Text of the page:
Cobell Lawsuit & Settlement | Opinion

Michael Roberts: Investing Cobell money in Indian institutions

"Can Indian country achieve prosperity without risk? Or better yet, are we courageous enough to lead the way to economic prosperity and sovereignty by trusting proven Indian institutions and putting economic control and power in the hands of our own Indian people?

During the payout process from the Cobell settlement, funds will have to be temporarily invested somewhere, so why not invest at least a portion of those funds directly into Indian institutions rather than Wall Street? Are we brave enough to endure a bit more perceived financial risk in exchange for a proven pathway to economic sovereignty? After all, the Cobell case was about non-Indian mismanagement of Indian money. If we have learned anything from history, we have learned that Indian people have historically been economically disempowered by non-Indians in the name of “fiduciary responsibility.”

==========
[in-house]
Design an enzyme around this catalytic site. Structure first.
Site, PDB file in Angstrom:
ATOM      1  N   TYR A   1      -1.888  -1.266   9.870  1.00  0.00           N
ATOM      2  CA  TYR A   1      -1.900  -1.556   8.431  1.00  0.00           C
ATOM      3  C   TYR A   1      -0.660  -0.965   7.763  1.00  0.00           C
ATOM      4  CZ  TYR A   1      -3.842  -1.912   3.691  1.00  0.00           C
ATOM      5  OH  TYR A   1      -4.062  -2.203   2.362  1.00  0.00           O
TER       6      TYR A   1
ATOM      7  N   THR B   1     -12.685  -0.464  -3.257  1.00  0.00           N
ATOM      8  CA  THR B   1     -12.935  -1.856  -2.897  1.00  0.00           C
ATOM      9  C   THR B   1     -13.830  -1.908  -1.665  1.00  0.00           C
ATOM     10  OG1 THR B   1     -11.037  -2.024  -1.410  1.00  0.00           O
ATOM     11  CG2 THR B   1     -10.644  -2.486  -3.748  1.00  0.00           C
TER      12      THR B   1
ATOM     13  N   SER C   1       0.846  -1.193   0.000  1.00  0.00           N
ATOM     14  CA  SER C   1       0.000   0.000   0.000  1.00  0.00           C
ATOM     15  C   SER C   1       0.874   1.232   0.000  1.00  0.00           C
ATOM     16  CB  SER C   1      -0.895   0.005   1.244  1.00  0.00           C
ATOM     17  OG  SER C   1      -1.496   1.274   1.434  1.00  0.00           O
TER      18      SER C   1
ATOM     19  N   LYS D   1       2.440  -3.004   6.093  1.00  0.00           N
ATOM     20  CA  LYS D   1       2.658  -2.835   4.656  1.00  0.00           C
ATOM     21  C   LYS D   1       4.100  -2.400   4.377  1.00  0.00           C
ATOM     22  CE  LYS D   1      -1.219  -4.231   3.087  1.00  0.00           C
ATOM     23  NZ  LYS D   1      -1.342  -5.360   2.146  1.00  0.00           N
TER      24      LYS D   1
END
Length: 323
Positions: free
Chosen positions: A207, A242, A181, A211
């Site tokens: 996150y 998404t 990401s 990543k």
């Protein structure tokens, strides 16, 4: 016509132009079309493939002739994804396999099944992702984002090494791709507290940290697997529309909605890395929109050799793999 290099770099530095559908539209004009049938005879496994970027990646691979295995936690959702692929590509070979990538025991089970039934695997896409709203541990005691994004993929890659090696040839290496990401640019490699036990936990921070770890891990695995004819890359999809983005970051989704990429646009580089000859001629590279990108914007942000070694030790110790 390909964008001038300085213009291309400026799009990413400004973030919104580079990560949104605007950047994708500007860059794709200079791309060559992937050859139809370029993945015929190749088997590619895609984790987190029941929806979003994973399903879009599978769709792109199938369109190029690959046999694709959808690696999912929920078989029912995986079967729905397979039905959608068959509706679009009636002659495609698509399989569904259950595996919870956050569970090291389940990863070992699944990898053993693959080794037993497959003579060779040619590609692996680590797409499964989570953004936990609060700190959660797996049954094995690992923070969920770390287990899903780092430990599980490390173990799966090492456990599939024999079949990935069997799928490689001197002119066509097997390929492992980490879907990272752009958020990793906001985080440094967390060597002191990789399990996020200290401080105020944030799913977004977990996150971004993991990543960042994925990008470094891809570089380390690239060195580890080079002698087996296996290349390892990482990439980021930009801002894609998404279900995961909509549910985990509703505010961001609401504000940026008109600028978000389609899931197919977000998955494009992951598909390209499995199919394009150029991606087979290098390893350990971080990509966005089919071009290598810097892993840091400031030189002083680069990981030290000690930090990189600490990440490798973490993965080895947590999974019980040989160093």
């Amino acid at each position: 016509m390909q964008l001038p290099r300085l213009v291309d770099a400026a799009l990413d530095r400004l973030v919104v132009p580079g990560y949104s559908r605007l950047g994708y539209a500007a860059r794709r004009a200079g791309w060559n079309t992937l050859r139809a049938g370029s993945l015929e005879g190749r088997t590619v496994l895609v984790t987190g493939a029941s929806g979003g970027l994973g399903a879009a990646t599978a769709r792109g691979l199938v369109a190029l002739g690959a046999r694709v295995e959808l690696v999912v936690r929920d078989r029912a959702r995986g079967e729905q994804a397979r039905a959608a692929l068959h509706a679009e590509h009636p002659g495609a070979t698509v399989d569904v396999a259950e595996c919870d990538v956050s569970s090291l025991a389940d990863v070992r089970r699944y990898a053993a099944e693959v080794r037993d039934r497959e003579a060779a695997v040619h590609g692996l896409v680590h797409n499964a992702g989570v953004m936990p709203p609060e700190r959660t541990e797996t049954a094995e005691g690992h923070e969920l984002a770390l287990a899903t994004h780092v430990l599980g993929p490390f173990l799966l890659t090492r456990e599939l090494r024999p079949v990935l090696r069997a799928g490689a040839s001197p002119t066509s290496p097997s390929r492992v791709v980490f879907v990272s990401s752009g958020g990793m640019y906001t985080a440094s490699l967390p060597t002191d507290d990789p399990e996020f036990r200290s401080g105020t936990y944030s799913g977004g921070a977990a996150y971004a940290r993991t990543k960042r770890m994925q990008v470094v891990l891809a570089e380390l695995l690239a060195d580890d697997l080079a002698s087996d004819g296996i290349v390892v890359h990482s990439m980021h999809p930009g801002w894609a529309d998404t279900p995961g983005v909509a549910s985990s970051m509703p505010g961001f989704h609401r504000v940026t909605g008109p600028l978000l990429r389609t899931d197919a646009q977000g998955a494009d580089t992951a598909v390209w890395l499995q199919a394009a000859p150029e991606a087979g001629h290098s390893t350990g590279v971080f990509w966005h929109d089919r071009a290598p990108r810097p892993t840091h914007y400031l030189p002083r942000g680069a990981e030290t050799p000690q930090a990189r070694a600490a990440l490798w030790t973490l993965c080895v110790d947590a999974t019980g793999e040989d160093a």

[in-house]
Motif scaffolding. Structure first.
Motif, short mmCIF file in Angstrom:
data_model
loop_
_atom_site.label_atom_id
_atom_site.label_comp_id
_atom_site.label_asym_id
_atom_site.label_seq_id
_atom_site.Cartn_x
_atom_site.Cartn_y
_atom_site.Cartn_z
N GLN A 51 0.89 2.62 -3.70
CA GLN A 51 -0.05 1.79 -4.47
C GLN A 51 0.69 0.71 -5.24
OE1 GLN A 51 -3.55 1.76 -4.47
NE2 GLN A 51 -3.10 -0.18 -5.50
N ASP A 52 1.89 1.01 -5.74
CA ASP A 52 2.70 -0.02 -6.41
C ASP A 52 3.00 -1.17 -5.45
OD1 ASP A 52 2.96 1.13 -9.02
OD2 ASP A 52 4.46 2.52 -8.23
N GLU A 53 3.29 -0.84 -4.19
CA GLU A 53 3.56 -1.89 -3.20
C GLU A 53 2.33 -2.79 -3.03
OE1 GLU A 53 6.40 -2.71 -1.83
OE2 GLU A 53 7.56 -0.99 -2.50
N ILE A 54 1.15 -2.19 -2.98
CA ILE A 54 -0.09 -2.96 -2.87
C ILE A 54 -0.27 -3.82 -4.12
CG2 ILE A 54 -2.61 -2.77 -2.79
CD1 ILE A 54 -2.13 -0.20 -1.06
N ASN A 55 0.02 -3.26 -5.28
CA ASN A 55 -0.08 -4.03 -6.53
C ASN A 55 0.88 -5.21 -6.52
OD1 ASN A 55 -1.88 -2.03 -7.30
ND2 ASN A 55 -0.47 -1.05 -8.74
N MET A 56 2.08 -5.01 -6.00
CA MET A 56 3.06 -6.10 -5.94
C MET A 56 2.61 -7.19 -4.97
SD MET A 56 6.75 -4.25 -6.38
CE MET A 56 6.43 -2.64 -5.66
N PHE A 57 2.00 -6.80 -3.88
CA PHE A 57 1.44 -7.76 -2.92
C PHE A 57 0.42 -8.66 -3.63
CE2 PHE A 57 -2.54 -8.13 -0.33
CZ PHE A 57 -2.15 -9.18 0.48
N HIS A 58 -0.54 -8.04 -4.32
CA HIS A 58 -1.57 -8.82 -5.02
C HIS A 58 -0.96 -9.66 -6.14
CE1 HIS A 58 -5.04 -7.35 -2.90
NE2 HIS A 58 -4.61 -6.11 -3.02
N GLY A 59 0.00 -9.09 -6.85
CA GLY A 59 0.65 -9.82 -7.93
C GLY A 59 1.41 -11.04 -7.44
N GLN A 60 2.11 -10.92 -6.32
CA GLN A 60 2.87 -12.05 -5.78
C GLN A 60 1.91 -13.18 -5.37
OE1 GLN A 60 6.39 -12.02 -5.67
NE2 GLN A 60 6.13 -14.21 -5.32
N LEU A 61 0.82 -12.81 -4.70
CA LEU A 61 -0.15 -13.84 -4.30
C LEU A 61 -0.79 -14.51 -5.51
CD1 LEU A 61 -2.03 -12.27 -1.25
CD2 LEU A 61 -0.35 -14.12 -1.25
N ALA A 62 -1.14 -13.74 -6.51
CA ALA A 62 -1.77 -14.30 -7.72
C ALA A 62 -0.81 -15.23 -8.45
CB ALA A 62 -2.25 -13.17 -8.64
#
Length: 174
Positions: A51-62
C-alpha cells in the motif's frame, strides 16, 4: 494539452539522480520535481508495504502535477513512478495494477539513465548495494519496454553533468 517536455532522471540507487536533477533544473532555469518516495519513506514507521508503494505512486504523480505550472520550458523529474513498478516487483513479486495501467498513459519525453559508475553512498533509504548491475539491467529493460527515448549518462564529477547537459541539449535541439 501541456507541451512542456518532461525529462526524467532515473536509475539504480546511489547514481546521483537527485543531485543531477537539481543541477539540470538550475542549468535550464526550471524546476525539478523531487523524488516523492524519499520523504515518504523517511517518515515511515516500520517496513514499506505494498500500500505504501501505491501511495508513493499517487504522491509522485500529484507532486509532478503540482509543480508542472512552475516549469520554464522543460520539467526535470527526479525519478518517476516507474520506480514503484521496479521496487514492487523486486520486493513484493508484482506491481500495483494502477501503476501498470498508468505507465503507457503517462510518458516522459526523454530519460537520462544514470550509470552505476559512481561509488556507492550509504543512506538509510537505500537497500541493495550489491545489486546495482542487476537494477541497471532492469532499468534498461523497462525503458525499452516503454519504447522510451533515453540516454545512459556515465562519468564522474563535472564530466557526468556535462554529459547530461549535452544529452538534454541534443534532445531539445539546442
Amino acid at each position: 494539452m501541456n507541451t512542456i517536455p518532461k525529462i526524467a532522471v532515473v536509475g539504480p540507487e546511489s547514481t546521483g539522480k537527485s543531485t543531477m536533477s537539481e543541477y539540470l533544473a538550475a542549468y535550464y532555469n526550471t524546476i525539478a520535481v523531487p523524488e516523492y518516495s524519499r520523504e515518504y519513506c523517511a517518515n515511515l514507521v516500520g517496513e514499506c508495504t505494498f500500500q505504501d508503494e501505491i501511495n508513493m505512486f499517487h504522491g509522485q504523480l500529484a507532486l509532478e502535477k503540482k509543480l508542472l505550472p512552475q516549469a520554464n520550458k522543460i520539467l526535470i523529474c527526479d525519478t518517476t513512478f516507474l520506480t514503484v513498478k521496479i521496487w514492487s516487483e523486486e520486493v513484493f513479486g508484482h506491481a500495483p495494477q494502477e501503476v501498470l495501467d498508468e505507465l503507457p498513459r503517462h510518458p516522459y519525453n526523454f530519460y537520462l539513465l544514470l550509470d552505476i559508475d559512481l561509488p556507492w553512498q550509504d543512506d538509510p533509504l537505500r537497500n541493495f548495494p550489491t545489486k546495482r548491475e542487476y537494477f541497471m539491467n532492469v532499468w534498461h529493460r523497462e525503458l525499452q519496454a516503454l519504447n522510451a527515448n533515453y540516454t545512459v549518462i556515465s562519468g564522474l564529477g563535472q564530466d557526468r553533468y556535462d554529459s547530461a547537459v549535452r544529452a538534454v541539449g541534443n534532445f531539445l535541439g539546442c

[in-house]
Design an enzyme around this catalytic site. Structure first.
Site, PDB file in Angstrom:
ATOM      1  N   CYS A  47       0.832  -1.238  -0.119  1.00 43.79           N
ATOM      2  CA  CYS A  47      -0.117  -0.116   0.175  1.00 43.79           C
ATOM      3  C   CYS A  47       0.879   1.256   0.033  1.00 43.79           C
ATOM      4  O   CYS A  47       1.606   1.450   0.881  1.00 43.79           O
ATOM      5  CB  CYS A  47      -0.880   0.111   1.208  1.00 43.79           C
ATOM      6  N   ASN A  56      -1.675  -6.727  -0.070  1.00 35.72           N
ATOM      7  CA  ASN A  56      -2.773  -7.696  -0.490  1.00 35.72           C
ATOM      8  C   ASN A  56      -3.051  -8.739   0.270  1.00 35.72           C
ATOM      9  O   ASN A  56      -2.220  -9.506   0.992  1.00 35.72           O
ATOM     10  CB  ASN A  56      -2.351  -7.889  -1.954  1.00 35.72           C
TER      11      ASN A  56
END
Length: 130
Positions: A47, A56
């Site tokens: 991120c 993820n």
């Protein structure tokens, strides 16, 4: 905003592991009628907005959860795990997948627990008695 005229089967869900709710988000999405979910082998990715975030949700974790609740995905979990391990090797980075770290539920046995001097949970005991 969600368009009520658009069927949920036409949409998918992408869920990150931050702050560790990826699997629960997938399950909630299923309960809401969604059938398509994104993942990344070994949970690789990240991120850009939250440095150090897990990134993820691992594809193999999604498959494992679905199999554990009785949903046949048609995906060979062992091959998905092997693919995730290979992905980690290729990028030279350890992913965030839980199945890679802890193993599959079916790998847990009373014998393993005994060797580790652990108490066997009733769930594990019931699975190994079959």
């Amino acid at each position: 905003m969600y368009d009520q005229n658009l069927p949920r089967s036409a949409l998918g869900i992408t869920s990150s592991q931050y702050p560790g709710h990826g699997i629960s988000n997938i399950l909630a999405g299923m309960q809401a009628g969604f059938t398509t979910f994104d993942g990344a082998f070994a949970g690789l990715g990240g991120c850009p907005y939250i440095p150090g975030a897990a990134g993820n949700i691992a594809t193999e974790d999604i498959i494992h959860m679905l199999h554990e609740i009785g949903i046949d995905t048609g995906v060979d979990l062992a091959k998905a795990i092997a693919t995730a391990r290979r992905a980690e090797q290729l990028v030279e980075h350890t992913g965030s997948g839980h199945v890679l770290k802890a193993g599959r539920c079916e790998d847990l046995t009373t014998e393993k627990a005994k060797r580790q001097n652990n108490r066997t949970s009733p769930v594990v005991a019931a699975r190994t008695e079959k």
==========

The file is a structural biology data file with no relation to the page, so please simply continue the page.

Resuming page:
One percent of $2 billion of the Trust Land Consolidation Fund in the Cobell settlement is $20 million. Let’s require that that $20 million be invested in Indian institutions that have proven for more than 10 years to be effective economic change agents in their Indian communities and have proven to be relatively low risk. I am talking about Native Community Development Financial Institutions (CDFIs) that in the past 10 years have grown in number from two to more than 60, with another 50 waiting for certification in the next year. CDFIs in Indian country, like those throughout the United States, play an important role in enabling locally based organizations to further goals such as economic development (job creation, business development and commercial real estate development), affordable housing (housing development and homeownership), and community development financial services (a provision of basic banking services to underserved communities and financial literacy training)."

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Michael E. Roberts: Cobell and CDFIs (Indian Country Today 3/15)

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